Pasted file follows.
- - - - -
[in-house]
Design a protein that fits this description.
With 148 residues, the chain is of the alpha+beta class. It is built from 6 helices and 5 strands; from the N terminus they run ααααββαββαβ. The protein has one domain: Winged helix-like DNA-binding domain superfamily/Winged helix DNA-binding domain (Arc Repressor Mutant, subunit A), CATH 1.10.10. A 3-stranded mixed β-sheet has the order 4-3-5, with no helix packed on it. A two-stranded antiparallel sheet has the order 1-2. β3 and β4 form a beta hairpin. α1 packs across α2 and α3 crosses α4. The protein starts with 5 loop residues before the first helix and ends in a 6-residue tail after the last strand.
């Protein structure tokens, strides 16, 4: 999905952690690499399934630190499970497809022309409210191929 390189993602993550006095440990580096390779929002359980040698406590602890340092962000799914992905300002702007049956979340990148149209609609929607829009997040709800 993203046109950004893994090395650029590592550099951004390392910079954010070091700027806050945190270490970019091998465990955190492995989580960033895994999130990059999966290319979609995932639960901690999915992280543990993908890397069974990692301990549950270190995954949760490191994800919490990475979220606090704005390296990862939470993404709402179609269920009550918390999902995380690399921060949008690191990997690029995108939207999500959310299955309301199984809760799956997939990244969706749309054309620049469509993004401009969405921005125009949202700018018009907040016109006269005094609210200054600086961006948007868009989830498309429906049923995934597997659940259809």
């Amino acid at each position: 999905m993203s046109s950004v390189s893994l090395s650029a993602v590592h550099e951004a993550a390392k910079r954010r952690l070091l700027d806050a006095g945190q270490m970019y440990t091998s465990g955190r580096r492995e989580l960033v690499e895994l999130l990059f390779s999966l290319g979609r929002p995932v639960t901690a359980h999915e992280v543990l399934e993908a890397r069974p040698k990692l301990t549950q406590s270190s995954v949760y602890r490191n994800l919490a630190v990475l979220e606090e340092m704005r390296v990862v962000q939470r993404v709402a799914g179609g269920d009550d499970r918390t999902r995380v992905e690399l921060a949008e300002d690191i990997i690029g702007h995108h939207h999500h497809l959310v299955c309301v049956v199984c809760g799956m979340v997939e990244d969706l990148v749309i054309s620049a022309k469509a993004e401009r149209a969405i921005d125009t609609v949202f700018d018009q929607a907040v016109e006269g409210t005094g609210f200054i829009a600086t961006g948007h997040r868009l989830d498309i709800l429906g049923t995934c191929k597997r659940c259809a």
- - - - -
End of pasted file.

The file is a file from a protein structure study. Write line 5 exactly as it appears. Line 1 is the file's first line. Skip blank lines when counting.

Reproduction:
């Amino acid at each position: 999905m993203s046109s950004v390189s893994l090395s650029a993602v590592h550099e951004a993550a390392k910079r954010r952690l070091l700027d806050a006095g945190q270490m970019y440990t091998s465990g955190r580096r492995e989580l960033v690499e895994l999130l990059f390779s999966l290319g979609r929002p995932v639960t901690a359980h999915e992280v543990l399934e993908a890397r069974p040698k990692l301990t549950q406590s270190s995954v949760y602890r490191n994800l919490a630190v990475l979220e606090e340092m704005r390296v990862v962000q939470r993404v709402a799914g179609g269920d009550d499970r918390t999902r995380v992905e690399l921060a949008e300002d690191i990997i690029g702007h995108h939207h999500h497809l959310v299955c309301v049956v199984c809760g799956m979340v997939e990244d969706l990148v749309i054309s620049a022309k469509a993004e401009r149209a969405i921005d125009t609609v949202f700018d018009q929607a907040v016109e006269g409210t005094g609210f200054i829009a600086t961006g948007h997040r868009l989830d498309i709800l429906g049923t995934c191929k597997r659940c259809a």